My arms slip to my sides, and my head rests against the plexiglass shower door. I shiver, but my head hurts and I worry if I stand up to get warmer clothes, I’ll start heaving again. I decide to rest for a while right here.
As my stomach finally starts to settle down, I start reliving the highlights of the party in my head; dressing up, dancing to old music, drinking games with my closest friends. And of course there was Liz in her blue dress. The way she kept leaning in during our conversations, her face getting dangerously close to mine.
These thoughts make the current misery seem trivial. More than that, they make it seem fair, or justifiable. If every night out could be this fun, I would take the accompanying hangover with no complaints. If that’s the price paid for living in the moment, so be it.
Theorem: The odds of you encountering any given person -most notably when walking around a corner, passing through a doorway, etc. – are in direct correlation with the amount of shit you are talking about them.
As you can see illustrated in Fig. 1, we can extrapolate that as the amount of shit-talking approaches its upper limit, the probability of encounter approaches one.
In my studies, I have found the Dawson postulate most often exemplified on cross-country track team work out runs.
The principle itself is named for Max Dawson – a snarky brown-noser who was often an object of ridicule for teammates. At 18, he was still a tattle-tail.
My teammates and I used to go on what we called, “Grievance Runs.” They’re about as cathartic as they sound. One person would simply state, “I have a grievance.” Once we were sure no one else was in ear-shot, someone else in the group would reply, “We are prepared to hear your grievance.”
Grievances could be something as vague as people who wear socks with sandals, or as oddly specific as people who wear long skirts but pull them up higher to make them more revealing. They can also be about a specific person. A large chunk of our grievances tended to center on the women’s track team. That was pretty much our only dating pool, since we spent most of our free time at practice.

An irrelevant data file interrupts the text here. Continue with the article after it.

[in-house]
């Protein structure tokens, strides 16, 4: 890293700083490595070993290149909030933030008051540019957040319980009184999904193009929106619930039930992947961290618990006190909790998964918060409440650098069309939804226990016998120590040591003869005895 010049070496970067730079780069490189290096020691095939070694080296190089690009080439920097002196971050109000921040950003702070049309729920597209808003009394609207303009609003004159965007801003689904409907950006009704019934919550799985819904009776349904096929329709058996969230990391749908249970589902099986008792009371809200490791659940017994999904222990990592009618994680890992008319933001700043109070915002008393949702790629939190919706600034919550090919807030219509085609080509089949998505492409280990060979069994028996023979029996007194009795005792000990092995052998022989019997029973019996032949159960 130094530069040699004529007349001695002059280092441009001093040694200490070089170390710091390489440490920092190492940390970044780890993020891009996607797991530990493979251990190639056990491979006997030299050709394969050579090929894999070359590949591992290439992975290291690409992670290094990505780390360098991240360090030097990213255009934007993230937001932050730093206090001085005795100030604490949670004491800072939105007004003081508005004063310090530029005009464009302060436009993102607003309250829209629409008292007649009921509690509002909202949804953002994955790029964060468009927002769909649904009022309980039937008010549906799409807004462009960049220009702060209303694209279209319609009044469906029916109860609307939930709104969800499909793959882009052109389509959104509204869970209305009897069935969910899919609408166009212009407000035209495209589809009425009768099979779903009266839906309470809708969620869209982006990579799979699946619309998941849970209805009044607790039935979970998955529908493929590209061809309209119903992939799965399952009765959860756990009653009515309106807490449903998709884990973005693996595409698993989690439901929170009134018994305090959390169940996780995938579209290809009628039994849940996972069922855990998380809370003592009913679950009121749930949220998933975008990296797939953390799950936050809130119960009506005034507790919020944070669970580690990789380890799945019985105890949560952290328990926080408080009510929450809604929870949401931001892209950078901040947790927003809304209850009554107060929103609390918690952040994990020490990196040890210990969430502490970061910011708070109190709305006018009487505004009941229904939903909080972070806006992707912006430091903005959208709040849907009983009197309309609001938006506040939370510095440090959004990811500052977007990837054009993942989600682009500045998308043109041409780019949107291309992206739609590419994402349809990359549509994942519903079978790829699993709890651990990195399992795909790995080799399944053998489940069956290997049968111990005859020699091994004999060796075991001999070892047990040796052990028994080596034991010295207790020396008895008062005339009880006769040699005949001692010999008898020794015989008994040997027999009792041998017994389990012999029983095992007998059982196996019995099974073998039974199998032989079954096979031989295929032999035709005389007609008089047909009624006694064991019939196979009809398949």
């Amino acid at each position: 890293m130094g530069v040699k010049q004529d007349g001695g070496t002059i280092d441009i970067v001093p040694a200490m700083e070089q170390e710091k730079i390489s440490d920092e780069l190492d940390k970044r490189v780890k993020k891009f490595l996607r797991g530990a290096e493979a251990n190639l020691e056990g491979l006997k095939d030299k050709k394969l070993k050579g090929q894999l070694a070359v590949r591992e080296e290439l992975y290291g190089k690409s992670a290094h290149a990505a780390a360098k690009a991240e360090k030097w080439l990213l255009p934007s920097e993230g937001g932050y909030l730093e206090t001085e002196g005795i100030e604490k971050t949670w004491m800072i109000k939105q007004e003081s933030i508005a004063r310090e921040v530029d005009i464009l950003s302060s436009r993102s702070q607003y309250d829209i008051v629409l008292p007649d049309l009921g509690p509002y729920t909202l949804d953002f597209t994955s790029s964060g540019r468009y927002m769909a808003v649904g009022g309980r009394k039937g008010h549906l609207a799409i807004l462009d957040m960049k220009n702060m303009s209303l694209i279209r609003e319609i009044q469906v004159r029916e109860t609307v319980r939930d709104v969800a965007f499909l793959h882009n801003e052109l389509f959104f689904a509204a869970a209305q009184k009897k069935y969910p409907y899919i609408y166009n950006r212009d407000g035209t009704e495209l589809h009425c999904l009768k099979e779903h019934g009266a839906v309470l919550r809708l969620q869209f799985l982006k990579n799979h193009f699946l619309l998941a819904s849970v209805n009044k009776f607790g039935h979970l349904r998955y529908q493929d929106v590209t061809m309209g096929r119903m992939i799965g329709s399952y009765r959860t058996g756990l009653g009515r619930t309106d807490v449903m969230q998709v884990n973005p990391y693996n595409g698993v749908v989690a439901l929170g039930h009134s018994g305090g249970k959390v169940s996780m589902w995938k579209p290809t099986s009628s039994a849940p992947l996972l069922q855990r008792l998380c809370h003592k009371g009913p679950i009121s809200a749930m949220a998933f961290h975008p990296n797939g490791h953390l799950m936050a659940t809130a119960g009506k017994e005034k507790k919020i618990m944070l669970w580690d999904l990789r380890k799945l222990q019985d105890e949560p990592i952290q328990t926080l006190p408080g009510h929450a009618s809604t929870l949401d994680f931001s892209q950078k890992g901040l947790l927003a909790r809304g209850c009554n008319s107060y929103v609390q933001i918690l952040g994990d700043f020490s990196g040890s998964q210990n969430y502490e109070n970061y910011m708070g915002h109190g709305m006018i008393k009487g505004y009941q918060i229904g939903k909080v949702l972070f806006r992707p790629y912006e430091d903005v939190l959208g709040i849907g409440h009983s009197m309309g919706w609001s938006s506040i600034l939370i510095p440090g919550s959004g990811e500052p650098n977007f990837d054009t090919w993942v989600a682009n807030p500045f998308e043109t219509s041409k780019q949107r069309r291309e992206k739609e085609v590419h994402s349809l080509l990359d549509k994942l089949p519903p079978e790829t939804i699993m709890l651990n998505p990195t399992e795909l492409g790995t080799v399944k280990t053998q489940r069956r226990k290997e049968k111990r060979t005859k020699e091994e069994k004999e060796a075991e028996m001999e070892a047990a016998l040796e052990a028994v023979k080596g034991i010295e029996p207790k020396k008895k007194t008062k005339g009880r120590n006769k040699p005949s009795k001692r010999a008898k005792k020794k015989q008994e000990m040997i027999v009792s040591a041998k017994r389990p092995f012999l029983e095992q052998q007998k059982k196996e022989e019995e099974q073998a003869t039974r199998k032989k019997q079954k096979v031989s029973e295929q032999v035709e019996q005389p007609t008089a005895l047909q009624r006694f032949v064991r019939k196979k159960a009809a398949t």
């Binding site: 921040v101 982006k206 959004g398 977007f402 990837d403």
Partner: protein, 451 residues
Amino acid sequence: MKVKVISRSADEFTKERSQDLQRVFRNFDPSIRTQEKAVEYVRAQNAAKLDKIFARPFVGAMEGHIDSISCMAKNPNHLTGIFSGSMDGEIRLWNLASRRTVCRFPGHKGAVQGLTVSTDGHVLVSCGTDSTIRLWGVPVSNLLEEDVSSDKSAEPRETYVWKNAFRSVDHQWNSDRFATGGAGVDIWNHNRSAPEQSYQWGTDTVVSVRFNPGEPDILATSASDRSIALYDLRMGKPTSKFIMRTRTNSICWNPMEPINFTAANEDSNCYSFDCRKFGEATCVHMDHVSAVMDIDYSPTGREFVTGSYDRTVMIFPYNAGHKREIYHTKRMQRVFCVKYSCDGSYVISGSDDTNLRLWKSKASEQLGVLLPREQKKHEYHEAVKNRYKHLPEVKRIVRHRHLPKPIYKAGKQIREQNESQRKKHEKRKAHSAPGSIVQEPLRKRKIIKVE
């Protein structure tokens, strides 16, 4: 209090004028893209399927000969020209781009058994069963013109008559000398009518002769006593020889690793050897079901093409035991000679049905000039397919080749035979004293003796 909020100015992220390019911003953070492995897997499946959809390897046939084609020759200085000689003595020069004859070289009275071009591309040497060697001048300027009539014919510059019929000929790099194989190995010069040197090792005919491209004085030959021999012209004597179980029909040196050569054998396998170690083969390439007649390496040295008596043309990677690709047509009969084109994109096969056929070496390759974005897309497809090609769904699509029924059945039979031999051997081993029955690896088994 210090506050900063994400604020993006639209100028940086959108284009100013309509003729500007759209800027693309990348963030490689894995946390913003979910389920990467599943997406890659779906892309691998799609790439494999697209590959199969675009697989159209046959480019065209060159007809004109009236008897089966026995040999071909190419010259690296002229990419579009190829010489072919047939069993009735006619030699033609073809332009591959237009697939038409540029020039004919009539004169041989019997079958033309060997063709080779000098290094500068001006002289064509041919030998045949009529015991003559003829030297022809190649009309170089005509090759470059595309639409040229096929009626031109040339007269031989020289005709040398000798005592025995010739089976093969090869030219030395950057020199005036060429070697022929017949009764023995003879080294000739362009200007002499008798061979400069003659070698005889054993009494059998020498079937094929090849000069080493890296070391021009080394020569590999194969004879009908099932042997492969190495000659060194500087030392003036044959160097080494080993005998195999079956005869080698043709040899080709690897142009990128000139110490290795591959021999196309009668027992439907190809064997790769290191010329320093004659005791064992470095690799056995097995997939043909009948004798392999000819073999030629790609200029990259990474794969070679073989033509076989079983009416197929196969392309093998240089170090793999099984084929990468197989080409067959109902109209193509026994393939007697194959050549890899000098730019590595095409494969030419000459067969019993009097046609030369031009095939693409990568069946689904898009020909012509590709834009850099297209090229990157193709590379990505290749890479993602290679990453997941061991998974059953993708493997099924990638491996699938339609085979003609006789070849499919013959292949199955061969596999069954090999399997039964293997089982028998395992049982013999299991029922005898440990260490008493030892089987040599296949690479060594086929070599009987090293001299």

The course we ran on involved many intersecting trails; we often turned a bend or crested a hill, only to find ourselves face-to-face with the subject of our grievance. And no matter who you were complaining about, rest assured if you ran into Max, he would run and tell. After more than a few laughably embarassing mishaps, we started to get careful.
As obnoxious as Max was, he taught an excellent lesson early on in my life, before it really mattered. When on the road, you never out-drive your headlights; when talking shit, never out-gossip your line of sight. Understanding that can be the key to saving friendships, marriages, and even careers.
I practically break down the sliding automatic doors with my shopping cart – they’re too slow, and I’m hungry. I fly past the display at the store entrance, and look at some of the items for sale. Cookies, cereal boxes, random crap – probably all marked up to shit. I glance over at a box of knock-off lucky charms on the edge of the shelf. $6.75? For that?
Pulling the cart hard to the right, I head over to the produce section. I grab two bags of buy-one-get-one-free spinach leaves, and head over to the fruit. I rifle through the boxes of neatly stacked strawberries.
What am I working with here? Squished, gross, crushed, moldy. The fuck are they playing at? Do they expect me to just blindly through all this in my basket like a fucking sheep? Fuck this, I’m getting clementines.
Next stop, meat section. Bacon? Boom. In the cart. Chicken? Done. Ground beef? Of course. I make three violent slash marks through the items on my list, almost breaking my pencil.
I drop a half gallon of milk and a bottle of orange juice in the cart too. I cut left into the coffee aisle and push a whole shit ton of k-cups into my basket. Just in case.
On my way back around to the front of the store I stop in the baked good section to test my willpower. I never buy any of the delicious cookies, donuts, or cakes they have on display, no matter how good they smell. I like to walk past all the temptation and prove to myself that I won’t cave.
You are strong, not some weak shopper who just shovels everything they see into their cart. You cannot tempt me, baked goods aisle. There isn’t – wait, French toast muffins? That can’t be a thing. Well, it’s a breakfast food, right? No harm in trying.
Before I have time to rethink, I begrudgingly put them on top of my cart.